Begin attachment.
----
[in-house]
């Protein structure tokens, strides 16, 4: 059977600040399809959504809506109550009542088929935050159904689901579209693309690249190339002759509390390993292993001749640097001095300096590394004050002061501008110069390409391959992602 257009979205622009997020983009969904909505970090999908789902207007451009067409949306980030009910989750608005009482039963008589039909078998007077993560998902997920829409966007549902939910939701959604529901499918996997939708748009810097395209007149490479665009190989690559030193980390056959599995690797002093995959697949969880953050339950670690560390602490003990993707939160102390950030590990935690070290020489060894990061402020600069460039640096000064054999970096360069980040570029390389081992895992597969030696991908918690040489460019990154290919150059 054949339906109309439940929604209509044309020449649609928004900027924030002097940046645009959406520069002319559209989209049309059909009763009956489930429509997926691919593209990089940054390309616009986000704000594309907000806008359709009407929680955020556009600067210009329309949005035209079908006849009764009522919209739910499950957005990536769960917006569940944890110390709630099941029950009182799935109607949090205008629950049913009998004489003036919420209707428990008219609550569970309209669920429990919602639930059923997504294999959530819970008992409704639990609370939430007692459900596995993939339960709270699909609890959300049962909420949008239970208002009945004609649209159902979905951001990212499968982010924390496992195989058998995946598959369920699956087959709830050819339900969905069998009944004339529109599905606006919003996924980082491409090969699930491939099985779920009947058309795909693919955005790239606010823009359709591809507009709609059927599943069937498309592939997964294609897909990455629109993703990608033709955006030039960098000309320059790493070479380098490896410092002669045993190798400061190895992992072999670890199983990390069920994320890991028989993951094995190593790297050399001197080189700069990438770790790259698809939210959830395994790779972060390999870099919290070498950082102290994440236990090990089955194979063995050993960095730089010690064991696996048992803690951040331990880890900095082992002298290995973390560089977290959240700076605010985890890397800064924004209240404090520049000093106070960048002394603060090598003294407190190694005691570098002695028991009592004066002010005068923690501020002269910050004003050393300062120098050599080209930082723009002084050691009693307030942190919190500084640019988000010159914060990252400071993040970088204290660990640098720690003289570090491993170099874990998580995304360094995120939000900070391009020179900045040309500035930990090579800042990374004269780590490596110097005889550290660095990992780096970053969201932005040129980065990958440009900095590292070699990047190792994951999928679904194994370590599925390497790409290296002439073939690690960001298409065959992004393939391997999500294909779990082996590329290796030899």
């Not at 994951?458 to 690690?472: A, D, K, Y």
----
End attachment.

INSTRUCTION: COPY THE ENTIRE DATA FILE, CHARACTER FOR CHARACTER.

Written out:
[in-house]
């Protein structure tokens, strides 16, 4: 059977600040399809959504809506109550009542088929935050159904689901579209693309690249190339002759509390390993292993001749640097001095300096590394004050002061501008110069390409391959992602 257009979205622009997020983009969904909505970090999908789902207007451009067409949306980030009910989750608005009482039963008589039909078998007077993560998902997920829409966007549902939910939701959604529901499918996997939708748009810097395209007149490479665009190989690559030193980390056959599995690797002093995959697949969880953050339950670690560390602490003990993707939160102390950030590990935690070290020489060894990061402020600069460039640096000064054999970096360069980040570029390389081992895992597969030696991908918690040489460019990154290919150059 054949339906109309439940929604209509044309020449649609928004900027924030002097940046645009959406520069002319559209989209049309059909009763009956489930429509997926691919593209990089940054390309616009986000704000594309907000806008359709009407929680955020556009600067210009329309949005035209079908006849009764009522919209739910499950957005990536769960917006569940944890110390709630099941029950009182799935109607949090205008629950049913009998004489003036919420209707428990008219609550569970309209669920429990919602639930059923997504294999959530819970008992409704639990609370939430007692459900596995993939339960709270699909609890959300049962909420949008239970208002009945004609649209159902979905951001990212499968982010924390496992195989058998995946598959369920699956087959709830050819339900969905069998009944004339529109599905606006919003996924980082491409090969699930491939099985779920009947058309795909693919955005790239606010823009359709591809507009709609059927599943069937498309592939997964294609897909990455629109993703990608033709955006030039960098000309320059790493070479380098490896410092002669045993190798400061190895992992072999670890199983990390069920994320890991028989993951094995190593790297050399001197080189700069990438770790790259698809939210959830395994790779972060390999870099919290070498950082102290994440236990090990089955194979063995050993960095730089010690064991696996048992803690951040331990880890900095082992002298290995973390560089977290959240700076605010985890890397800064924004209240404090520049000093106070960048002394603060090598003294407190190694005691570098002695028991009592004066002010005068923690501020002269910050004003050393300062120098050599080209930082723009002084050691009693307030942190919190500084640019988000010159914060990252400071993040970088204290660990640098720690003289570090491993170099874990998580995304360094995120939000900070391009020179900045040309500035930990090579800042990374004269780590490596110097005889550290660095990992780096970053969201932005040129980065990958440009900095590292070699990047190792994951999928679904194994370590599925390497790409290296002439073939690690960001298409065959992004393939391997999500294909779990082996590329290796030899």
């Not at 994951?458 to 690690?472: A, D, K, Y």